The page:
Hope Star from Hope, Arkansas on June 18, 1955 · Page 37
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Hope Star from Hope, Arkansas · Page 37

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Hope, Arkansas
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Saturday, June 18, 1955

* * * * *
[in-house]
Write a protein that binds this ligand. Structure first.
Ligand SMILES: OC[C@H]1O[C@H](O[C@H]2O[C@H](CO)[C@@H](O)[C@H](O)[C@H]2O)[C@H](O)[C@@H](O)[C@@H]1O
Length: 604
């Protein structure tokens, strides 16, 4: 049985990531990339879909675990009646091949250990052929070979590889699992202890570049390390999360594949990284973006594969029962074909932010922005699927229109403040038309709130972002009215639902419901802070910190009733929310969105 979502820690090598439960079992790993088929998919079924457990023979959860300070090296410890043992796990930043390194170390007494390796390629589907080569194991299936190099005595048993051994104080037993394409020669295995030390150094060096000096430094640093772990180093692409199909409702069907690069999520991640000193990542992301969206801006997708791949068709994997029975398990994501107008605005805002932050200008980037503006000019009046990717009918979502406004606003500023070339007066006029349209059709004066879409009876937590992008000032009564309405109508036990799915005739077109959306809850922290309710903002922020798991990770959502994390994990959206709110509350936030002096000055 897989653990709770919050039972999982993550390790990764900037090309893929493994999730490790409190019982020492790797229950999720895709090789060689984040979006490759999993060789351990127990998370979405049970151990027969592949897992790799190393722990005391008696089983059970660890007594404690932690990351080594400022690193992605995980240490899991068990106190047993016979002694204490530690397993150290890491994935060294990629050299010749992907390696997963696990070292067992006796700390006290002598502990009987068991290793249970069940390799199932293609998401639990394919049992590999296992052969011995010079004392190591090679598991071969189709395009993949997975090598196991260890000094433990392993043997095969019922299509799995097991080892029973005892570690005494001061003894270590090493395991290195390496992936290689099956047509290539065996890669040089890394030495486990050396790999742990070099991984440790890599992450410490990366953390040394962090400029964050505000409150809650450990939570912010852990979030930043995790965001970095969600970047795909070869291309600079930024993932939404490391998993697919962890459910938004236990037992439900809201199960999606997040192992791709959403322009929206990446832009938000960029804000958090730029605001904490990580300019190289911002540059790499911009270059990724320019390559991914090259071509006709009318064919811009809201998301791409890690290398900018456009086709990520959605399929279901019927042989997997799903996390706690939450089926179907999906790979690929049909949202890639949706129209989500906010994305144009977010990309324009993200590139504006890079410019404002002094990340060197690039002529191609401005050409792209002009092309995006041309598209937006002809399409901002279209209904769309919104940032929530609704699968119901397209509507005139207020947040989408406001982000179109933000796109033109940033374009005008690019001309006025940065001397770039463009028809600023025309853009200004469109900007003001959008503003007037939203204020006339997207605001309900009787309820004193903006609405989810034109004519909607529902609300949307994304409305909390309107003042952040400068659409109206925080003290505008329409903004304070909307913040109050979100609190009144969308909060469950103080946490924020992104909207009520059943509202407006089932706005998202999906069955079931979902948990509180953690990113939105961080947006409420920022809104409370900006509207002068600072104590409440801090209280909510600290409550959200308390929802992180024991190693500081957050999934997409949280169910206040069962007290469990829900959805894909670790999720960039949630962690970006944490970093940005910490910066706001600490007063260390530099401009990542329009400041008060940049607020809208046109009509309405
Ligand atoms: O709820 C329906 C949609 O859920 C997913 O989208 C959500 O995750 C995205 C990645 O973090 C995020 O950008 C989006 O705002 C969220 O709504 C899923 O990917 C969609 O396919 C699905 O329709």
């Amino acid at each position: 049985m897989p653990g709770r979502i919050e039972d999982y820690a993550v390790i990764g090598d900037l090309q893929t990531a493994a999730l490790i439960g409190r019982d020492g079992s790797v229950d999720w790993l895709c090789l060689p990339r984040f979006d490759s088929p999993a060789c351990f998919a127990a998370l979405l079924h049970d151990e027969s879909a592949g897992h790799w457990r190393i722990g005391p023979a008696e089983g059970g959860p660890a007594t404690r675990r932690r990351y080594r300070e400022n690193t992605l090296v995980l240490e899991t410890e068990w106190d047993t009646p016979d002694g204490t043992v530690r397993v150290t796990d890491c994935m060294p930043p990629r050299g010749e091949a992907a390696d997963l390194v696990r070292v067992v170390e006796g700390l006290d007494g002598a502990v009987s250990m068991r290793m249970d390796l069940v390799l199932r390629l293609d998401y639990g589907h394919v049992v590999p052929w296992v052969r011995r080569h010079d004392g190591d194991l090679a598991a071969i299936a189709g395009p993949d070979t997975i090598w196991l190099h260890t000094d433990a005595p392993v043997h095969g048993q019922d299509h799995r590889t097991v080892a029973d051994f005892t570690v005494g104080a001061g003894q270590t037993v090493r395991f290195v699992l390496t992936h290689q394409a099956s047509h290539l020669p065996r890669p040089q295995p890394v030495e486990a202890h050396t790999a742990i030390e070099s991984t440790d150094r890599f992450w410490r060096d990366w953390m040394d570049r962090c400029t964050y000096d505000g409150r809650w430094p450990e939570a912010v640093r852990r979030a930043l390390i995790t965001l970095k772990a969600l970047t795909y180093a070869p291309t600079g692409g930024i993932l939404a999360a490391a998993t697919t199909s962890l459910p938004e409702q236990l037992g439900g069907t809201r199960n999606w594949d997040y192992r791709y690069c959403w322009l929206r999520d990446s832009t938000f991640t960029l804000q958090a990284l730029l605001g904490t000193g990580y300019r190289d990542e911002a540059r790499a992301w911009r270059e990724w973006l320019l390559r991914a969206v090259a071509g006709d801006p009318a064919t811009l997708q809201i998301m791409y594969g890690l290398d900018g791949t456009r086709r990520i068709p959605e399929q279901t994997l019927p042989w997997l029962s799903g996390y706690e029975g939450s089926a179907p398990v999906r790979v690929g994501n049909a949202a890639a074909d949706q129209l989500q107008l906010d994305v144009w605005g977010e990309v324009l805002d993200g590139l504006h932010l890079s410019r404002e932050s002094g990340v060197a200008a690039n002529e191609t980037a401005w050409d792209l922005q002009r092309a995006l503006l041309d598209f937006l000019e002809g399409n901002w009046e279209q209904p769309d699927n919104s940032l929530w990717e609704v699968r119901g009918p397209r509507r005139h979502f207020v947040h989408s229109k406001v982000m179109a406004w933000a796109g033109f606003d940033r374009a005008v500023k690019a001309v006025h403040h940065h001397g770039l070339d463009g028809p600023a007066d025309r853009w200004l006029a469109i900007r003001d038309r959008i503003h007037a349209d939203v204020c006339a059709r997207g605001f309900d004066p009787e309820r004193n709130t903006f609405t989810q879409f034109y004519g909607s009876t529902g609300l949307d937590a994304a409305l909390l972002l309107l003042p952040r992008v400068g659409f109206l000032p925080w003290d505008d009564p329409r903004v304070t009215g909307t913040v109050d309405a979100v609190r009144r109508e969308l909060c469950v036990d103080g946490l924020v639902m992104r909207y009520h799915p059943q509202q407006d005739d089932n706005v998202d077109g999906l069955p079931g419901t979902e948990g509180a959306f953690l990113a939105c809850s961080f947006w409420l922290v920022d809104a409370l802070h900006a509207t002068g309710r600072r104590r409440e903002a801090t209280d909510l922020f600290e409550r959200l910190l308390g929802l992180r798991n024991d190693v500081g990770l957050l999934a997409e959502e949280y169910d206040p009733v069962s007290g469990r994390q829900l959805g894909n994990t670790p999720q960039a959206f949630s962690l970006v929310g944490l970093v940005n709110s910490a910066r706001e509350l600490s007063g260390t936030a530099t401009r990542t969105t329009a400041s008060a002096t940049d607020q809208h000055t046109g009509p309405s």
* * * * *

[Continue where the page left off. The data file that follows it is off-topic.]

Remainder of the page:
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MOPE STAR, HOPE, ARKANSAS Saturday, June 18, 193S w* ! Iling Her lemories for iood Price PINKHAM JPftANClStO -^ instead people with memories dflySi 87-yfcar-old Cosrhv f is selling hers tor a goo'd price. She paints them in Colors, . .-._ Mrs. hulhflj' he.'Hit career as ah aHist at 81 F.thfe death of her husband t ^ &n Austrian embassy iMlft. She is noW having her ",Ottoman show. The first two In Mew York. This one is at . t -J. Hi de Young Museum here jettfly 50 tempera paintings In ' dchlblt bring to brillilant life ^romantic world of a young girl IflUlian family reared in the Sffety Creek Islands of the Aegean i» They are primitives, signed tfply "Cosmy," short for tho iri*k cosmos,' meaning world. rCttgmy is self-taught save • for Irly training in floral embroidery Sjgn at a French convent. The !*lth of detail in her pictures r ftws an astounding-visual memory Jtrig back three-quarters of a tntury. 'a joyous world she remem- rg. full of flower festivals, jjMncing horses, decorated car:, royalty, sunny fields, white „ i _jhe«, red sunsets and picnics lit ie«, seen through the rosy haze •'~*-^[ happy childhood and youth. •hare it just a little, adults in tenser time pay up to $250 iece for Cosmy's paintings. I enjoy everything," she says. smile is wide and frequent; brown eyes Shine like a flighted child's. , s. Mulitar still finds it a onderful world. She likes chain- gne, opera, travel by air, flowery lifornia, landscapes, long motor rips into the country, poker, back- ;mmon, beautiful, clothes, good ^bd — she is an eicpert'cook -^'and *-\ company of youngeirJpfeople. , contemporaries slie gpfoetirries is • little dull. But hot Grand- nfir'Moses, whom she admires "eatly. '•:. ';• ,'v^'>''-, -' :•:'•• :lost of'all she loves her work. e puts in an amazing seven-hour Jf'at it, painting; without easel I i; 9.flat-top desk at the apartment 1 »rne of her daughter, Mrs. fctderick Pinchen, wife - of the Franciso manager of a British Occasionally Cosmy paints the escnt, in which . she is keenly erestcd. Lv strange facet of her artistic is that she"-can paint 'sue-; fully onlyufrprhv:memory..- ."I a't get it right'If:I paint.while " looking at it," she says. used up One-' : set of water ors she v/as given as a child. 'didn't get another until-her, gave her one for her, 81st' Say. She has two sons: Andrew i An Interior View of the Stor Office as It Now Looks This picture of the Star office shows new desks and office furniture as the visitor steps inside from the front door, looking from the south .end of the office north. N. J. advertising agency, and Philip, New York fashion designer. ''• She-and her daughter were living in Greece at outbreak of World War II and together survived the rigors of German occupation and the anguishing civil war which follower! it. • They were cold and hungry much of the time. Every visit to the street meant going down 125 steps from a sixth floor flat. Elevators didn't operate. "But I've got everything all right now," says Cosmy. "And pattern for peace" to provide an Would Give Russia a Peace Pattern WASHINGTON GR—Sen. . Knowl leader, said Eisenhower should belgies. prepared at the meeting with the Premiers of Britain, France and Russia to state the free world's position on such vital issues as free elections in the Soviet satel lites and the conditions for reuniting Germany. "I think the opportunity will be there to demonstrate that the free and (R-Calif) proposed today thatworld is seeking peace," Knowland President Eisenhower lay down the July Big Four conference that's very nice — to have it when you are getting old." acid test of Eussian world intentions. Agreeing that a statement of Allied principles is needed, Sen. INCENDIARY SNAKE Humphrey (D-Minn) suggested in a separate interview that demo- TWIN Lakes, Mich. (K>) — A blue' cratic leaders such as former Sec- racer snake electrocuted itself and rotary of State Dean Acheson be touched off a grass fire on the j invited by the administration to Willis Johnson farm when it chose sit in on its drafting. ; 'The President could lay idown a pattern by which peace I could be achieved. : 'That would put the Russians ..-...-.. J commercial artist with a Newark] an electric fence post for a sunbalh. I Knowland, Senate Republican Adenauerand Churchill See Newsmen By JAMES MARLOW AP News Analyst WASHINGTON (Ift —Two vcner able men—Sir Winston Churchill and Konrad Adenauer—in moving across the Washington scene have taken time out to answer, newsmen's questions. A d e n a u r, here this week, ducked nothing he was asked at a giant news conference in the same hotel where Churchill, in time past, had also faced a ballroom full of newsmen. Both men, Churchill as Bri- 'tain's prime minister and Adenauer as chancellor of West Germany, had these things in common: they had character and vision and led their country out of the ruins of war into new confidence. They are not far apart in age: Churchill is 80, Adenauer 79. Just about there the similarity ends. Churchill, tired out)by years, resigned as prime minister this year. Adenauer is still the driving force of the German government. Round, rosy-checked Churchill was witty, jovial, a master of the English language. The square- shouldered Adenauer has high cheekbones in a face done over by plastic surgeons after a shattering auto accdient. Churchill's voice was warm as brandy. Adenauer, sturdy as iron, was pleasant enough but direct, terse, unsmiling, and he spoko in German. Long ago -Adenauer said any German who proposed that was a 'dumbbell or a traitor." Asked about it at his news conference, he said Germany would wind up a Russian satellite if it let itselt be neutralized. Adenauer has tho reputation of being a tough customer to bargain with, even when the bargainers were American occupation ,,.,.„ i authorities. The Russians are not Pie disputed m the Senate yes- finding him an easy mark either. terclay a charge by Sen. McCarthy -- • *-• •< —i n--:~ i- --;(R-Wis) that Eisenhower had made "a tragic blunder" in ever agreeing to the meeting. McCarthy said Hcdy's $59,000 in Jewelry Recovered time." However, Detective H. B. Short quoted Lee as saying that Miss Lamarr's seamstress, Albarta HOUSTON Tex (UP) —Hedy Pears, found the jewels in a bag Lamarr had back today the $59,- en a shelf in the upstairs sewing „-. , . . t ,_ i ,_ loom of the Lee home. 000 worth of jewelry that she re-1 who <nvestlgated when -,| ported had been stolen from her' the j ewe ] s were reported stolen,™ ' and caused her and all her house- said that L CG was asked if either hold to take lie detector tests. he or Miss Lamarr had a suspect The climax of the jewelry theft flowing the recovery. Short said from the home of the former movie tnev 3^ no t. 'actress and her husband, oil Mii-| lionaire Howard Lee, came suddenly. "You can say that the jewels were recovered on the premises at 5:30 p.m. yesterday," Lee told Laundry Tip Shake clothes well before putting soiled clothes in washing reporters. "Other than that we machine or tub. It'll make the have nothing more to say at this I washing job easier. ,*,' and guess by delayina a direct answer to their invitation to Mos, - . cow. 3 4ynn"? Eisenhower had ' agreed to playi Therc were Murry .Dickson. 38, ith the?,virgil Trucks, 36, and Tommy Id I T3,,«,, n prospect that the outcome woul be "a thumping Communist vic- lory." FRIENDLY BEATING Byrne, 35, to name .a few. Byrne stopped the youthful Detroit Tigers 3-2 on .four hits for New York Yankees 7, innings leaugue-leadnig Yankees But he did BUTTE, Mont. (AP) — "I talk too n - t g?t his f our th vic- much anyway and I guess this time tory um ji trie Yanks caught up un a spot. If they refuse even to|I had it coming to me," a womanj w j th Detroit rookie Frank Lary for discuss, elections in the satellite,told Butte Police Chief B. J. Riloy'three runs in the ninth. Yogi Bcr- countries, 'for instance, the world!as she declined to sign a complaint: ra > s onc . on homer tied it and Elwill quickly see through the sham! against her husband. Chief Rileyj ston Howard's pinch single scored of their professed peaceful inter.-] said the woman had been beaten by *u- .11—i— tions." Knovvland originally opposed a her husband and it required 18 stitches to close cuts around her mou- the clincher. Trucks, who has won seven, breezed in as Baltimore suffered and ^ _ ^ Du3nG wants this country to assume the after the husband spent the night jp jiiette"and'"jo°e Coleman gave up Big Four meeting. He said now th. Riley said the couple left the its luh s h u tout of the season that one has been arranced hoi station together on "friendly terms |f our th in five games. Loser D offensive in the battle of -idcolo-lin jail. We Salute the Hope £ Star on their beautiful NEW BUILDING V M We join with all Hope in complimenting the Hope Star as they hold Open House in their modern new newspaper plant. This event marks FIFTY SIX YEARS of progress, and we wish them many more years of continued success. Test Drive a Select Air-Conditioned FORD TODAY! FORD IS AHEAD IN '55! And you'll be ahead too, if you trade now at HOPE AUTO COMPANY. A better deal ... a finner car . . . come in and see why HOPE AUTO and FORD lead the way in Hope and Southwest Arkansas. A i fciv- HOPE AUTO CO. PR 7-2171 YOUR rORP OIALIR FOR OViR 10 YIARI HOPt ARK, 220 W, Second St. 15 hits—three each by George Kell, who drove in four runs, Nellie Fox and Walt Dropo. The Braves didn't get a man as far as second base against Dickson.' The'little righthander walked just to and doubled to sat came on Ted Kluszewski's two-out homer— his second of the game—off .relief- er Jim Hughes, who had retired in arrow big day . Washington had 12 hits, but Cleveland smacked'ob lemon won his ninth with Mike Garcia's help in the ninth. Three runs in the fourth chased loser Chuck Stobbs and wrapped it up for the tenth innings. News Briefs LITTLE ROCK, (UP) —Local employes of the U.S. Corps of Engineers (district office hero observed the corps' 180th anniversary . sterday with a ceremony of service emblem presentations. William E. Pilcher, chief of the finance section of the office, and Otis . Ford of Mountain Home, powerhouse mechanic at Bull Shoals Dam, received 30-year emblems. Ten other employes received 20- year pens and 30 others were awarded 10-year pens. LITTLE ROCK, (UP) — Barnoti Brezner of Alexandria, La., was apparent low bidder at $239,609 for construction -of a base operations building and control tower at England Air Force Base, Alexandria. The bid was one. of three submitted to the U.S. .Corps of Engineers district office here. Government estimate was set at $226,358. LITTLE ROCK, (UP) —Melvin Brasel has been named to suc-i ceed James Hoxie as principal of the, Arkansas School for the Deaf here. Brasel is a teacher in the Illinois school for the deaf. Hoxie resigned to accept a position in Vancouver, Wash. Miss Ruth Orenbaum, formerly principal of the Dallas. Tex., pilot institution for the deaf, was named a supervising primary teacher. NEGATIVE VALUE PEKIN, 111. W— James Everett Pherigo listed "one black cat" a- mon'g his assets on his bankruptcy petition. Pherigo, a lumberman, used the space reserved for farmers to list livestock. He gave the cat's value at $.00. THE HARD WAY RICHMOND, Va. lfP)~ Conrad Dube, 26, a French Canadian, pedaled his bicycle to Richmond from Quebec via California and Florida. Dube was. a polio victim when he was 2 and didn't walk until he was 10. He figured he had covered 24,000 miles oil the bike when he arrived here. Congratulations to the HOPE STAR We congratulate the publisher and the staff of the Hope Star . . . not only on their new step in Hope's progress but on the outstanding newspaper published for the people of Hope daily. © Dacron and Worsted collaborate in a new lightweight DAR.OFP/ BOTANY 500 ZXt>^(/> t \-HAV i v«; * The X-RAY TAG enlightens you about the hidden features of the garment—giving this clothing the superior vqlue and < wearing qualities that make U one of America's outstanding values. The easy-care qualities of DACRON teamed with fine WORSTED make this handsome new' BOTANY' '500' suit a true champion in the Sum* mer weight clothing field. Here's the hard-to-beaf combination of superb tailoring and softly textured lightweight fabric. The result is longer wearf greater press-retention and maximum value; S55 HERBERT C- Saturday, June 18, 1955 HOPE STAR, HOPE, ARKANSAS Border Patrol Has Plenty Excitement by KENNETH 0. GILMORE NEA Staff Correspondent WASHINGTON — (NEA) —. „ , As midnight approached, two menial Paso. ranches and industries for "wetbacks" and maintaining blocks at all border points. Age limits for appointees tions, including Russia and China,'dued. This would be an opportu- now want World Wat 111; but the »'ty for the United Nations to ful road- I threat of using the are constantly be used H-bomb will Im its real mission. to blackmail] AU the above means that our from 21 to 31 for non-veterans' the democracies. With the cost of defense program may gradually be and 21 to 35 for veterans. manufacturing H-bombs constant- 1 curtailed and this federal money Applicants for the Border Pa-'i y becoming less, every nation will be used for the building of roads, trol must be at least five feet eight have some, enabling revolutionary| hospitals, schools and especially inches tall, weigh not less than forces In these nations to get them, the new industry of urban redevel- 140 pounds and be in top physical]gome cray dictator may try tojopment. Uranium oxide is being condition. For six to eight weeks ( conquer the world with them; but, found almost everywhere, and so, he would be quickly sub-jcould also help stave off the so- prospective officers attend the Border Patrol Training School at trudged along a narrow path beside the Rio Grande River near El Paso, Tex. The full moon threw a dazzling reflection on the murky water and silhouetted their cautious progress. Suddenly a light flickered 100 yards away on the opposite shore. (With it came the familiar whine of 6 a bullet. Then the report of a rifle shot in the still night. As Edgar Niebuhr dove to the ground and felt the gritty sand smack against his cheek, he wondered, "What am I doing in this !- outfit?" It Was his first assignment as a member of the U. S. Border Patrol, and a sniper had nearly picked him off. Since that July evening in 1940 Niebuhr has had j Bother close calls. In 1950 a bullet-ripped through his hip missing the bone and probably his life by a fraction of an inch. Yet he believes that working for "this outfit" is a fine way to earn a living. "It's rugged, outdoor work with plenty of excitement," explains Niebuhr, who is now senior patrol inspector at McAllen. Tex. "You're never in a rut or got bored sitting at a desk shuffling papers. And re doing an important job for ie government." This is the kind of man the Immigration and Naturalization Ser vice is looking for today to fill .an unlimited number of openings in the Border Patrol. "We need young, vigorous men who like the outdoors and can nan die themselves in any situation," .says the commissioner of the ser vice, Joseph M. Swing. Since he was appointed to the .top post in May, 1954, Swing has taken far into the interior of thei There they are crammed courses ranging from court cedure to jujitsu and first aid, with pro- The men must also have a good working knowledge of Spanish, know the elementary rules of evidence and be able to handle firearms and do fingerprinting. During the first year probationary period inspectors . are paid $3,795. Then they receive $4,205 annually with opportunity to compete for positions to a top salary of $11,800. Minimizes Danger at Formosa By ROGER W. BABSON BABSON PARK, Mass. (Special) — So many readers are worrying about Formosa and China that at this time, I take the liberty of discussing Asiatic problems. First, let me say that I have never met Chiang Kai-shek, but I have known Madame Chiang, who attended Wellesley College, which is only two miles from the Babson Institute. She is a remarkable Woman of the highest character and keen est insight; she has great influence with him. He was a poor boy when he married her; but' a 'determined type like the late Henry Ford and a very great man. When forecasting the future of any country, it is nize the history well to recog- as well as the mined by politics. Therefore, us forget the troubles which called "inevitable" depression, ij PAPER FINDS REPORT Eft still believe in the business cycle;!' DANBURYt Conn. (AP) -^ the but its duration is now deter-! Danbury News*Times said editorial* let'ly that there may be something we | to the idea of year-around schools. read so much about. Let us con-| Seventh grader Carole Gallo, who centrate on our own business and disagreed, quietly went in*o action, make better products for less and with some friends circulated money and sell them all over -'.he a questionaire among fellow pupils, world. This is the most practical teachers and parents, kind of patriotic service we can In a long letter to the editor, render. .Carole said that: 37 of 46 parents interviewed opposed year-around school, 8 of iS teachers interviewed opposed it and all 123 pupils interviewed were against it. RdOtIN' fOOtlN'l GLASGOW, Mont. ,AJ*) • A four- year-old boy shdt up the town with a .22 caliber rifle. The shots went unnoticed until a passerby saw a bullet hole in the plate glass door of a store. A check showed that twd 6ther Hfc on doot. Pdllci been aldrie to V . the street, H* tdM bad no trouble Although tte usually is considered » there is some evldeS<!« thll I In the earliest UmeiT agriculture ' * ' -" HOP6, ARK., OCTOBER^* Though small to Compared with New Yorfc, London or Paris, the Uma ol world. It is an Undisputed and inscrutable fact, admitted by oar most jew more for his cotto** that* he eould have gotten for it had the *«£? Across the ice to UVerpooWthe great cotton control er of the Universe. Wh^hu tatecy staple- competion in trade naturally, i* very keet>, and tte **%**< «- Jl *K; «,;~ fmthem-and vou know what they are really worth as * -gsyta^ra^s^s ~ *;-P!f *_* I~ i ** ., , <J « ^ ime Mexican laborers were il- egally swarming across the Southwest border of the U. S. at he rate of more than 3,000 a day. r approximately two every min- ite. These "wetbacks" came in uest of comoartively high wags paid to agricultural workers in 'exas and California. To get at the heart of this criti- •al problem, Swing ordered a lighly mobile 750-man task force >rganizcd. During June and July, vhich is the peak of the employ- nent demand in Texas and Cali- ornia, this legion carried out an ;xtensive drive through the two tates. The mop-up netted more than 50,000, "wetbacks" who were akcn far into the interior of thei nvn country by the Mexican gov- Jrnmcnt. Jeeps, trucks, planes and •adio equipment were usc.d in this semi-military operation. Today the situation is under control according to officialsl at Washington headquarters of the Border Patrol. Only 300 "wet- aacks" a day are attempting to :ross the border. But it is emphasized that able men are badly iceded to keep up the ranks of he Patrol, which numbers rough- y 1.400 officers. It's a rough, two-fisted job to ?uard this 1,600 mile border from Brownsville, Tex., to San Diego, -alif., The terrain is mostly a drab, sandy wasteland and during the summer months the sun is scorcii- ng. A desperate "wetback" can >e troublesome and dangerous. [n addition smugglers, crooks, other foreigners and subversives attempt to slip across this vulnerable line. A Border Patrol inspector must je equipped to take on various assignments. Perhaps one of th 1 : lardest. is "laying-up." This means hiding out along a path 'rom a river or irrigation canal and waiting for a "wetback" to appear. "It's no fun on a cold night," says Niebuhr. "You can't talk, smoke or hardly breathe. But men are doing it very night." "Sign-cutting" is another important task. By picking up such tell-tale signs as foot-prints in the sand, cigarette butts, or the remains of a hasily eaten meal, officers along the border track down illegal entrants. Then the ;rai! has to be followed until the quarry is found. Other of the more essential duties include checking farms, present status. Formosa Is a large island, about the size of Massachusetts and Connecticut, lying 100 miles east of China. A. mountain range runs north and south, With fertile plains to the west. A combination of heat and moisture gives it marvelous crops; it produces gold, silver, copper, oil, coal and uranium. Population Is about 9.000,000, mostly of old Chinese descent. This great island was originally settled by the Dutch, who were expelled by the Chinese dilring tho seventeenth century. It was taken by the Japanese in 1895, who held it until the close of World War II, when in 1945, it was ceded back to China. Whatever our opinion as to tho government of China — whether Nationalistic Under Chiang Kai-shek, or Communistic under Chou and his gangsters — wo must realize that Formosa inherently is a part of China. Whether the Communists want to "liberate" it or "enslave" it • is debatable. From a strategic viewpoint, the United States and Japan should not now allow Formosa to get into the clutches of Communist China One of the chief lessons I have learned' from Madame Chiang Kai- shek is the importance of patience and of avoiding givingi, ultimatums. sides of a conflict and if "the Human nature is the same on both ball can be kept in the air" long enough most problems will solve enough most problems will solve themselves. Many serious problems are solved by leaders becoming older and finally dying. (Today's Bible reading is Psalms, 49th Chapter, which has given me the inspiration to write this column.) To apply the above philosophy to the Formosa problem — it may be impossible to get a satisfactory settlement as long as Chiang Kai- shek is in the saddle. If, however, he should be removed by death or become incapacitated (he, is about 70, and has had a hard life), I forecast that President Eisenhower could bring about a settlement which would both insure our position and "save face" for the Peking Government. Although the present Big Four International Conference W i 11 probably amount to nothing and the possibility of World War III will be hanging over us for many years, yet the best advices are that World War III is not now to be feared. None of the big na- BEST WISHES TO THE HOPE STAR To Publisher Alex Washburn and the personnel of the Hope Star we extend our heartiest congratulations. We are proud of the spirit of faith that the newspaper has shown in Hope's future with their modern new , building. DIAMOND CAFE & CAFETERIA PomMics. Prints, &&Y aoooa Cotton Plaids, jeans, Blankets, AU Styles of Staple aad *'«mcy Dr«*»> Goods', R«*dy»M«<te Skirte, Capefr, Jackets and Wrapped, 4* * MILLINERY Us* in t,adie*'Head- •Hats from px, to $15.00. Misses Hats in aiS the Latest Styles, . . . . ^ Vxll the Latest wear •Flijiir, .Meat, SUPPUBS Sugar and Cog«, , Rice, SJota-ws, Tiei ' '» '""« '* P ™ Sh *"* f " K usually fo«»d '« a drst-clas* xr'jcery of This is from that * * * u nably the store of Merit and Values. An article from this hwe n If it coows from Rhodes' it is good and everybody knows tti O.ur .»!•*» and care is entirely tootvataabte to bf wn.rfia.jl for fltewk- 10 T™;ST S t"= 3^^-°"^^'^ juror 4 p will award an unanimous decision in favor of HOFiS & K. RH i and Little, ; W. P, FuweU So m*f<*Uag C«,, items, per.H««al men6u« out c.f pl'ic* to «o*> of the fiwt Minrfon th« Cairo & store; W. and stoves; {jud Williamson, general D. T. Brady, tin- tutkl r«i«rencf*, Card«r, E. K. A. W. Hubsoo, trenchant p«» at nev«F <Hw«l In a!l times, x» <t 8 l f Brncy drags; Barran & Bra/.* pose, begra^ dry goods and grocer!*,; D. H. > »Attwmey.Ge»«i*l WiUtem ' UJ ' b „ fe . t , „ i «'«iiirne''l an«i every tti&t-mi «tln. femxly jm>c«n^; P. ± \ * Col. } r ^f^ t }f be a I the life «wl<let th« whole \ Idto ot t/»K Anjopg tins 1'-" Y.i*i r* '(|(?B€ Ml iilroagh Attr, in y. \ wA n '* x -. ill nearly a <ju«rt«f » fe intBWs t» " : * I m ' > toJer during the war, has, written' & Hwl jwtmynfft ^§, •. .ft?* a! book of hK m a»f <Unug«. u^moii, V^ ^gM^ + Jti* «**.*•*/**(; **" <' ' •*— ' ' # » «^ f)OOJC OT HIM 11*^ U»fl *»\»H*^ -• f*9 «-' '•-w-9 T- -y— T^'"'*'^, T 1 -ij\ ' at " scLxwHi JX K. Witwe,'hotel andliv*- ^^^r if he mentioned \\\v suanyfdcd^e to w^\ IrT* 'irvVX hrtiuon M w»» >— - ^ >eak ' i erv stable. AU classes of burin***, ! wome » and children why w«« left j C. N^«W"; *?J ifflSSSlM ^ .,». •^r^^d^-r.'-"*: Tsri .sr±LiSJrsS^'&taiiS^^-^1b: ; «t time. de> •U will bp«ut«»d that «l this IM W**F.%K thftt set ia^ O jjiy one raa» is running tM tio display let- j j, us ine.««5 now that h« wa* effect* of er John Harper the 'ad " Among tliow wmo mvjtea. on (oreytr the >r»de of the people through jfte j hea ded tlie Imawes*lso«s>es of Hope' - > column* of wvf« VI*. J- ,. -tioods *wd Grocerf*^ ^ ^< I'mliy' other SeMs, but woM; o» ^^ «* •« _._*.-. ti^.^.* i, . .• >« ^ itiaiorltv* tr|$t| t& AYw -^^ , TT - / v&far %t|;Msdw- / -ftf tji ^y\ tqa "• 9 '%-3 he-was fl|je^ssi||^jp / it m«tU»m j^v"!*<" n»»f'.—«j-' t '-- 511^0.5.**-^ *-**y ,,*»«,,--««-,... . t 1 fottC^CoSlU* pttWHJW**.** * ** *»**?*»*'*** *^ Star t» that 4ayjfjj e n, are slill with "S i» other ^^ ^tttf wwetittils Vk-htsthw a Mi«« '"A osu?r & CO,, PryivaifesofiUts, others have ,sought-o*^ (<«• nght w Wf««g 'Hie i«'|V in. •*•* »A« .. t it - . . A . t £ i.* ^ I..A**A ?;-_„- ^1.^4 «,<v**41»«*1 ITECC flrtiw 1 tO tnC! , iH V l<n«»al hss demo ll be a Hviwg curse *dfnr * '' in peace, er?«S| 7t «»>* *\ ttau^hters i the li^ro ti^A t&^tlt ,,_ »'»* W*%W T?S< V - i|)<ty which bei^fep M»« j t has a normal -**&,<* •> > ^ ^>j^« ? t ,&* f i& M .( t -f'fi** >\* /S 4 ^ -¥•-*-.: ^^ f J i$ ^li^*f "S*i Grodwofes j{»<,'< •*• > i, , +. M-Sgt. local U. S. ArmyJWcruitjn'i in the Hope City' ed tlvat there",Jj¥ Technical.Schools n6w opw High School p 1 — J — 1Ll - T -'^« schools 'open • These •, schools^ i such as ra'dip; re"'" office m^chioc! f " ing, JC-ra^prne He repair, "n tal assistants,, auti ics, refrigeration and many,' o'th?r v -. jects. Inters> of |V fip the department of ,t' ington, D, C, gi%L •ance to the school.! may be received before eii in the U. S v 'Ai%,^ f In addition to the army^t, schools, there are twelve'dl branches of service openi 1 applicants, wheth^f have finished high!,, branches jnplu,de r Airborne, Corps of* nal Cprps, Medical > portation Cprps' an.d s ? .v»« Upon completion ,of«eij of basic training -" ~--- J Ark. For mijles j.., Basic training,'flt' Alabama for f$ " given ten days sent direct to 1 or branch ofi Full information „_ above may be obtained £ ing Sgt. Smith at the ttoj Bailor by calling - - • ^** SWEET WINS PARIS, France pagne maufaeiu* don't seem to, }|H« ne any more, fhp you add to p}?am.p|j is to cover the i»a the wine, Really has to be better guffi Stuff. * v . ">• M Why the change is not clear' of all wtoef. Before market for it's S3 The British always as dry Tastes eably i V ,ft*,A,